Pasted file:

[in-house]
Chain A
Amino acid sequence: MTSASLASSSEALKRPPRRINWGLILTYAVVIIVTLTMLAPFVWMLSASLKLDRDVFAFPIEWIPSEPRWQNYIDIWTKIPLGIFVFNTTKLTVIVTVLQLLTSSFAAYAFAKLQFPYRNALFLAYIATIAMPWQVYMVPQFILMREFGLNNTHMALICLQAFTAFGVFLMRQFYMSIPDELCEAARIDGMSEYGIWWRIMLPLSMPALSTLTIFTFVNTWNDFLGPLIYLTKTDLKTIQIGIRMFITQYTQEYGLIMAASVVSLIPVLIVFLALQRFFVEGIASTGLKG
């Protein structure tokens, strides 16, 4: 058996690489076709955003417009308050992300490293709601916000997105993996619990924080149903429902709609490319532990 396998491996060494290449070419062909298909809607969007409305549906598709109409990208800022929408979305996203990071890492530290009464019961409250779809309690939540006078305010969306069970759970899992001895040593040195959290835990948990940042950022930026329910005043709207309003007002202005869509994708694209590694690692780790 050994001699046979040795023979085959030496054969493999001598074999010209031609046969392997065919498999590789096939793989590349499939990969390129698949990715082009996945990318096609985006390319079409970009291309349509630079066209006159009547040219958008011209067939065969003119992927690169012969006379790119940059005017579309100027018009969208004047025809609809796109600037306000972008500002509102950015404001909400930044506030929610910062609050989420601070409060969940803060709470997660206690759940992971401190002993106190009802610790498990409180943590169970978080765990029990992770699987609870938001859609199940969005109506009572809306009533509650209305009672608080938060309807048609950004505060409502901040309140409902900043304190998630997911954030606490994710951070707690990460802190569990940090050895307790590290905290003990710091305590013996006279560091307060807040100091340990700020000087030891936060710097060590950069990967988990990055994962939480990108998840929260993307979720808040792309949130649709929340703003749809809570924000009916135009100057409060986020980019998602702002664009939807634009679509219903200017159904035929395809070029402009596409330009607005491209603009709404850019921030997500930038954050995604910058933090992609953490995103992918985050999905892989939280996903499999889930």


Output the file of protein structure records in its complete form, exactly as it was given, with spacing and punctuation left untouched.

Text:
[in-house]
Chain A
Amino acid sequence: MTSASLASSSEALKRPPRRINWGLILTYAVVIIVTLTMLAPFVWMLSASLKLDRDVFAFPIEWIPSEPRWQNYIDIWTKIPLGIFVFNTTKLTVIVTVLQLLTSSFAAYAFAKLQFPYRNALFLAYIATIAMPWQVYMVPQFILMREFGLNNTHMALICLQAFTAFGVFLMRQFYMSIPDELCEAARIDGMSEYGIWWRIMLPLSMPALSTLTIFTFVNTWNDFLGPLIYLTKTDLKTIQIGIRMFITQYTQEYGLIMAASVVSLIPVLIVFLALQRFFVEGIASTGLKG
């Protein structure tokens, strides 16, 4: 058996690489076709955003417009308050992300490293709601916000997105993996619990924080149903429902709609490319532990 396998491996060494290449070419062909298909809607969007409305549906598709109409990208800022929408979305996203990071890492530290009464019961409250779809309690939540006078305010969306069970759970899992001895040593040195959290835990948990940042950022930026329910005043709207309003007002202005869509994708694209590694690692780790 050994001699046979040795023979085959030496054969493999001598074999010209031609046969392997065919498999590789096939793989590349499939990969390129698949990715082009996945990318096609985006390319079409970009291309349509630079066209006159009547040219958008011209067939065969003119992927690169012969006379790119940059005017579309100027018009969208004047025809609809796109600037306000972008500002509102950015404001909400930044506030929610910062609050989420601070409060969940803060709470997660206690759940992971401190002993106190009802610790498990409180943590169970978080765990029990992770699987609870938001859609199940969005109506009572809306009533509650209305009672608080938060309807048609950004505060409502901040309140409902900043304190998630997911954030606490994710951070707690990460802190569990940090050895307790590290905290003990710091305590013996006279560091307060807040100091340990700020000087030891936060710097060590950069990967988990990055994962939480990108998840929260993307979720808040792309949130649709929340703003749809809570924000009916135009100057409060986020980019998602702002664009939807634009679509219903200017159904035929395809070029402009596409330009607005491209603009709404850019921030997500930038954050995604910058933090992609953490995103992918985050999905892989939280996903499999889930």